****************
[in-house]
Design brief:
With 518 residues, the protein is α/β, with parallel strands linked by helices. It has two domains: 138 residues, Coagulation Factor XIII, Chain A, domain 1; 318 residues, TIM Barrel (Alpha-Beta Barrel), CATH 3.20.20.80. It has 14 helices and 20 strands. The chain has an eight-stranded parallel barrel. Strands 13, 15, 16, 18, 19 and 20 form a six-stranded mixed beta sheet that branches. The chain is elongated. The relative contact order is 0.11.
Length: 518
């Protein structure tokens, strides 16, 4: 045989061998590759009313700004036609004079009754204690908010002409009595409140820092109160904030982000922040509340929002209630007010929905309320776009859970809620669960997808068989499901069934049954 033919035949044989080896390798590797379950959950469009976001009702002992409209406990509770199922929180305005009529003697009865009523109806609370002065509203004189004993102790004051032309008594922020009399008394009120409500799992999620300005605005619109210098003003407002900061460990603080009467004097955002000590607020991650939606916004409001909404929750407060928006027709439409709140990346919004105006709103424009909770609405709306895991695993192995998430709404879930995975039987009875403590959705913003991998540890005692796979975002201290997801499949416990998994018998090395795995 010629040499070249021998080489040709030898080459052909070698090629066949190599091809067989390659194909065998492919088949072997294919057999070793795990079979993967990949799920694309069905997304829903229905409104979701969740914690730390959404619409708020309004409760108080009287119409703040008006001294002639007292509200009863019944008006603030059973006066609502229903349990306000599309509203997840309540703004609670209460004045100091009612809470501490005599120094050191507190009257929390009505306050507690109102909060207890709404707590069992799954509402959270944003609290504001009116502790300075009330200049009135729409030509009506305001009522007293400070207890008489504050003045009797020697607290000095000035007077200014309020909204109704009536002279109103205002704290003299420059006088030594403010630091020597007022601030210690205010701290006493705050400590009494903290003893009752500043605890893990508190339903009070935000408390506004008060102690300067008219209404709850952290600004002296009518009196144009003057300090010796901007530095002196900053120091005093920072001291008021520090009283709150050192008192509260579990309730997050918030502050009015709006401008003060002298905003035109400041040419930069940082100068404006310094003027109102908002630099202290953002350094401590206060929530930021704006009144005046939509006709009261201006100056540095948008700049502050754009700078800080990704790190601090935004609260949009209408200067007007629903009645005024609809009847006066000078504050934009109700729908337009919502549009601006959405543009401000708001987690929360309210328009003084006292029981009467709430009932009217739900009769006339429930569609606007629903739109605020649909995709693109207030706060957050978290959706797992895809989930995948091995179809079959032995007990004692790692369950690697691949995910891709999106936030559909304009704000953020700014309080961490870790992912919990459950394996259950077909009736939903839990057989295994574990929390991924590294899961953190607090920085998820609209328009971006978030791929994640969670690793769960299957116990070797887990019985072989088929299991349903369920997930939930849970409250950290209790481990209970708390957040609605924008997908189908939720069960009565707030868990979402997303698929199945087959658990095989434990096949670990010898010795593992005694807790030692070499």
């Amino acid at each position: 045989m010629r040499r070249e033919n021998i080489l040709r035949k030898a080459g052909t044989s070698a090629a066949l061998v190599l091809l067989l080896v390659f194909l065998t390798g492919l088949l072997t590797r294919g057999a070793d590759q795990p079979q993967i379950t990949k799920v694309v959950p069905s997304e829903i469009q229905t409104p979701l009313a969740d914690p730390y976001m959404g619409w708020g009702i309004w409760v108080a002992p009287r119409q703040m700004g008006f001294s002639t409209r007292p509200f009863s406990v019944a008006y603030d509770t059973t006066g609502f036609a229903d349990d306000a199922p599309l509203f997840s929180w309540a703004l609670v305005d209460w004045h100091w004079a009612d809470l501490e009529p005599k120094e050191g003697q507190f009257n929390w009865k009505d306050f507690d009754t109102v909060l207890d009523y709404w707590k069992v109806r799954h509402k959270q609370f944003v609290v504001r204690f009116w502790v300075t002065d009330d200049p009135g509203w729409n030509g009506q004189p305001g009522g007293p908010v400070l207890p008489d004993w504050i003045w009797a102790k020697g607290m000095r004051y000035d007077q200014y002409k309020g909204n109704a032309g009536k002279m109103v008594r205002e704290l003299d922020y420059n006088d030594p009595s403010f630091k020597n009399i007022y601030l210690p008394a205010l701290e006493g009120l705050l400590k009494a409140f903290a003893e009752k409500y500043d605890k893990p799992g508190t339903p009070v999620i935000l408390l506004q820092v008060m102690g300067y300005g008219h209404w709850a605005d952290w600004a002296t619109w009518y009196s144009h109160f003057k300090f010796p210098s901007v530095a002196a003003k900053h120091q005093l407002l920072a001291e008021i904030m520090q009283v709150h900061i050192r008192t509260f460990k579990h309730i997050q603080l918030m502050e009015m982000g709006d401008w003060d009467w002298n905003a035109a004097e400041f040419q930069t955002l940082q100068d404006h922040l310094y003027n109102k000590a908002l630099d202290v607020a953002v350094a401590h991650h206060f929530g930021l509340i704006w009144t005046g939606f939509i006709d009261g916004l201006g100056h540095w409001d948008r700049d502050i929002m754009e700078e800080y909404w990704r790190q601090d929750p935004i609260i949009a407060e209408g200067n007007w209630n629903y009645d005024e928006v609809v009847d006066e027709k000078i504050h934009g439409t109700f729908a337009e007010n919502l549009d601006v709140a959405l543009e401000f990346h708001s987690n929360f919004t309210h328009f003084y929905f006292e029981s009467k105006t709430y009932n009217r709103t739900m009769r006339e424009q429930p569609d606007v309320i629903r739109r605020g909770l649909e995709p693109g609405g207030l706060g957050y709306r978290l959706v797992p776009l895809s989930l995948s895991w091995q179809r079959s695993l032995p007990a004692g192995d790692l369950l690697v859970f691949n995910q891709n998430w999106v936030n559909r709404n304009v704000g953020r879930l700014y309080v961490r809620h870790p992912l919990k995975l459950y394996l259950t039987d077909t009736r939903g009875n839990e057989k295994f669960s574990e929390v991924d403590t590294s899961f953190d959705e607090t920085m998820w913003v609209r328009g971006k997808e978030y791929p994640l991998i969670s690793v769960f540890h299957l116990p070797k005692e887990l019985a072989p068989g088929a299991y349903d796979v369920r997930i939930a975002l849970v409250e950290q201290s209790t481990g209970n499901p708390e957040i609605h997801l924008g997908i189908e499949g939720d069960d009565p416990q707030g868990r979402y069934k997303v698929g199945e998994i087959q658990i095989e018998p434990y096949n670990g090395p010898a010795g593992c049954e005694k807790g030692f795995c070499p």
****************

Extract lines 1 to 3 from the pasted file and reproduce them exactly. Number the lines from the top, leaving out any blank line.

[in-house]
Design brief:
With 518 residues, the protein is α/β, with parallel strands linked by helices. It has two domains: 138 residues, Coagulation Factor XIII, Chain A, domain 1; 318 residues, TIM Barrel (Alpha-Beta Barrel), CATH 3.20.20.80. It has 14 helices and 20 strands. The chain has an eight-stranded parallel barrel. Strands 13, 15, 16, 18, 19 and 20 form a six-stranded mixed beta sheet that branches. The chain is elongated. The relative contact order is 0.11.